Timothy Olyphant plays Deputy U.S. Marshal Raylan Givens on the FX series Justified.

Maybe even if it weren't a general-election year, President Obama would still be proposing that Congress give him the power to merge federal agencies to make the government smaller and more efficient.

But the fact is it is the year in which the president is seeking re-election, a year in which both the eventual Republican presidential nominee and Obama's GOP opponents in Congress will assert hundreds of times before it's over that he is a big-government Democrat.

Everybody knows things can get a little crazy at Apple stores in the U.S. when the company unveils a new product.

But things got extra crazy in Beijing today when a thousand or more would-be iPhone 4S customers gathered outside Apple's store. They got rather angry when they learned that the company was postponing its plan to start selling the new phone there.

Mitt Romney's campaign has a new TV ad meant to counter attacks on his career at private-equity firm Bain Capital, using the same defense it has ever since his rivals for the front-runner for the Republican presidential nomination started taking populist jabs at him.

Comedian Stephen Colbert's "big announcement" last night (which we previewed yesterday)?

(A new lede was put on this post at 11:30 a.m. ET.)

Saying "the government we have is not the government we need" and that it's still organized for the 20th Century, President Obama is asking Congress to give him the power to do some streamlining and merging of agencies that overlap.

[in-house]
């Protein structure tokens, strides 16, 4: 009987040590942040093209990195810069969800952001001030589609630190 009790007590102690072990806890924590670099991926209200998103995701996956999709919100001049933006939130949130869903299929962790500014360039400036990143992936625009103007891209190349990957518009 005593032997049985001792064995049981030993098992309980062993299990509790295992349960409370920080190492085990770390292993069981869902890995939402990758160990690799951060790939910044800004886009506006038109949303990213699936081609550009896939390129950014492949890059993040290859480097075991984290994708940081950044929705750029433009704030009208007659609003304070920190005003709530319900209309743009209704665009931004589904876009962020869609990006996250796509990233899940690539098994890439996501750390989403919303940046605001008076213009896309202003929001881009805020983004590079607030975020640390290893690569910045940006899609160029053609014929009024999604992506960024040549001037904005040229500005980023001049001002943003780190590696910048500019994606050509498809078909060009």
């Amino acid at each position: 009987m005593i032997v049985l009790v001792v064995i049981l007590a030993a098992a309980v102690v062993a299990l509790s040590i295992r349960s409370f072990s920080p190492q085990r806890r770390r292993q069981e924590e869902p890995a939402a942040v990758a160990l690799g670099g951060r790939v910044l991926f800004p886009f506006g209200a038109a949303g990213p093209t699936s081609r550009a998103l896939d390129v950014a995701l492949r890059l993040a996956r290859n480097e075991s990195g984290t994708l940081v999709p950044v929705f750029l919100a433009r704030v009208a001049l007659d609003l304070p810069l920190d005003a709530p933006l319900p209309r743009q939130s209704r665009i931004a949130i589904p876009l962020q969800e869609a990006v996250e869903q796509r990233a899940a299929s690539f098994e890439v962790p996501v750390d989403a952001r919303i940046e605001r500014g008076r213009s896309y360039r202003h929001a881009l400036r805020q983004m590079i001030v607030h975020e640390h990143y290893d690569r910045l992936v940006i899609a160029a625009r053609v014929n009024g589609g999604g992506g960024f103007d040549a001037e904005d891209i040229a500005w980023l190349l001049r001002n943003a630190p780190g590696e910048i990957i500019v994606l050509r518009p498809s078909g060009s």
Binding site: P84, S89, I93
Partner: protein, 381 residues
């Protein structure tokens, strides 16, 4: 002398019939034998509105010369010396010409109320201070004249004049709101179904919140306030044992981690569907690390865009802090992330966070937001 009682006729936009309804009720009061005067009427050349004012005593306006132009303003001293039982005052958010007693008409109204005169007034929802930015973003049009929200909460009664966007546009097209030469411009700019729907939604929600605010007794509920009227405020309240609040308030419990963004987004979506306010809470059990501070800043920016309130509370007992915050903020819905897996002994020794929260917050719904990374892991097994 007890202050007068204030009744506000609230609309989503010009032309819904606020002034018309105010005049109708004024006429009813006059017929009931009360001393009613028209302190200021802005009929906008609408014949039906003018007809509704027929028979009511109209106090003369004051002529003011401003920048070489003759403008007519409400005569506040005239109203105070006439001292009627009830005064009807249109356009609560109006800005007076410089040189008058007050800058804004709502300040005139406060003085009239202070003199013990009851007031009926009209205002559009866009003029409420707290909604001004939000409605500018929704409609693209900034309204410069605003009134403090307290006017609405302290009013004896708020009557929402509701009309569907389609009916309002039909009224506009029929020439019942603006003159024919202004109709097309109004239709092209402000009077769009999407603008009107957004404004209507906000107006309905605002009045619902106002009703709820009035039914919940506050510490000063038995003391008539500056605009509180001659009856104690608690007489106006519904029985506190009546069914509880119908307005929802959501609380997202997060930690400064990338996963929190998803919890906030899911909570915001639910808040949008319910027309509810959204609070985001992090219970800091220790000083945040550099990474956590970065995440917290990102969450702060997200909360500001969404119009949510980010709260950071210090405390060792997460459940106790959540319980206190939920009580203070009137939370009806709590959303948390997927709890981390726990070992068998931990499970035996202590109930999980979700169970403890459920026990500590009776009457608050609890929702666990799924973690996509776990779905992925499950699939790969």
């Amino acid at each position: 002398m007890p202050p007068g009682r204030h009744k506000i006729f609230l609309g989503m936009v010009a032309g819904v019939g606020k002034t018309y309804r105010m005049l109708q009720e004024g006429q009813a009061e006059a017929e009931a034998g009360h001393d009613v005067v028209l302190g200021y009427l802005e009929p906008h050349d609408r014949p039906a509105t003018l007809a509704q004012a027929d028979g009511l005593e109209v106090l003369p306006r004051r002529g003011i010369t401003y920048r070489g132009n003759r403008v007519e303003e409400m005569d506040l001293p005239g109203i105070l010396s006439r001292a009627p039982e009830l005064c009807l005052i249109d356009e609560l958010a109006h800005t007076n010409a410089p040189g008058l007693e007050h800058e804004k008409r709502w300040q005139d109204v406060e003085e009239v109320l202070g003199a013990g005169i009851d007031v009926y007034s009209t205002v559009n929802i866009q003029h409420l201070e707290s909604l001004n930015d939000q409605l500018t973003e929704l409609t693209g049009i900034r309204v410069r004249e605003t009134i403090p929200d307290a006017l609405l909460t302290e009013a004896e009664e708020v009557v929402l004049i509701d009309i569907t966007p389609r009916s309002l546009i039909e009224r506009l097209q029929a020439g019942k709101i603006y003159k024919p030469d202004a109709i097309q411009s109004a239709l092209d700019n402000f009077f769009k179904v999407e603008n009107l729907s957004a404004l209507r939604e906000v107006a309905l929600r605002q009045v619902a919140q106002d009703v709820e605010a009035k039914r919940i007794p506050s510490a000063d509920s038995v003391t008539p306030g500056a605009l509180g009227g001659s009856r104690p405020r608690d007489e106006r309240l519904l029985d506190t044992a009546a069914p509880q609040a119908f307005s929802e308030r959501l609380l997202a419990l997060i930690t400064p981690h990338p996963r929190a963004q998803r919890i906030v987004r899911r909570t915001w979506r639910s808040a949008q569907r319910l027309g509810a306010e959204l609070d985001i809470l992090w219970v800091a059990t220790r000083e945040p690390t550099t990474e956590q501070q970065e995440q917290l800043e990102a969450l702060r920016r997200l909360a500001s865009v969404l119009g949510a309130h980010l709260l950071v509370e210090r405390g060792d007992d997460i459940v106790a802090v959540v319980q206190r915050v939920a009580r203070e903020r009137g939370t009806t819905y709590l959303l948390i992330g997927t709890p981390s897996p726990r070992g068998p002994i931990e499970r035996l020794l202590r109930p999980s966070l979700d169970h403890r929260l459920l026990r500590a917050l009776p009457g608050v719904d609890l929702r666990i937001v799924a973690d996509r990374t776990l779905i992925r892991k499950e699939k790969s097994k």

"I'm calling on Congress to reinstate the authority that past presidents have had" to reorganize the government, the president just said at the White House. He pledged to only use the authority to make the government more efficient and leaner.

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DAVID GREENE, HOST:

Good morning. I'm David Greene.

We've all heard the rule: Turn off your cell phone. Well, someone broke it this week at a performance of the New York Philharmonic.

(SOUNDBITE OF CELL PHONE RINGING)

GREENE: The iPhone Marimba ring tone had not been written into Mahler's Ninth Symphony. But there it was, chirping from the front row of the audience. The conductor was so incensed, he cut off the performance and waited for the iPhone to stop. The audience member was apparently not offered an audition.